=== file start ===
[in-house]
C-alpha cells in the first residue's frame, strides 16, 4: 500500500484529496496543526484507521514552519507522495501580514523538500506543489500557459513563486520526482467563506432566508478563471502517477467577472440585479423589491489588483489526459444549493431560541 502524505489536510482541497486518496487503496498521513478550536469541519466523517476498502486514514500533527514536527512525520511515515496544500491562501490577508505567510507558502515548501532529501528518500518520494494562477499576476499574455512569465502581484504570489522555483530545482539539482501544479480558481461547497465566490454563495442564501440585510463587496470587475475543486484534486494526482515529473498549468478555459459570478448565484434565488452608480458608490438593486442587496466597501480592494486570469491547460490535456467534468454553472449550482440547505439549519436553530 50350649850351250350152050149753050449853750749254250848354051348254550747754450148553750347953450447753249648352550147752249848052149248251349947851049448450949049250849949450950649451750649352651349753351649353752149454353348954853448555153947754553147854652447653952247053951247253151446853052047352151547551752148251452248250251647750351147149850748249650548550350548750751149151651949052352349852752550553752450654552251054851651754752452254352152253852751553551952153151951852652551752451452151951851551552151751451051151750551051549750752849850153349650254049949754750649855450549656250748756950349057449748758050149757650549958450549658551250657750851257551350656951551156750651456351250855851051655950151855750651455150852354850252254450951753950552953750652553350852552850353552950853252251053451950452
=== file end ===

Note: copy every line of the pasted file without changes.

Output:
[in-house]
C-alpha cells in the first residue's frame, strides 16, 4: 500500500484529496496543526484507521514552519507522495501580514523538500506543489500557459513563486520526482467563506432566508478563471502517477467577472440585479423589491489588483489526459444549493431560541 502524505489536510482541497486518496487503496498521513478550536469541519466523517476498502486514514500533527514536527512525520511515515496544500491562501490577508505567510507558502515548501532529501528518500518520494494562477499576476499574455512569465502581484504570489522555483530545482539539482501544479480558481461547497465566490454563495442564501440585510463587496470587475475543486484534486494526482515529473498549468478555459459570478448565484434565488452608480458608490438593486442587496466597501480592494486570469491547460490535456467534468454553472449550482440547505439549519436553530 50350649850351250350152050149753050449853750749254250848354051348254550747754450148553750347953450447753249648352550147752249848052149248251349947851049448450949049250849949450950649451750649352651349753351649353752149454353348954853448555153947754553147854652447653952247053951247253151446853052047352151547551752148251452248250251647750351147149850748249650548550350548750751149151651949052352349852752550553752450654552251054851651754752452254352152253852751553551952153151951852652551752451452151951851551552151751451051151750551051549750752849850153349650254049949754750649855450549656250748756950349057449748758050149757650549958450549658551250657750851257551350656951551156750651456351250855851051655950151855750651455150852354850252254450951753950552953750652553350852552850353552950853252251053451950452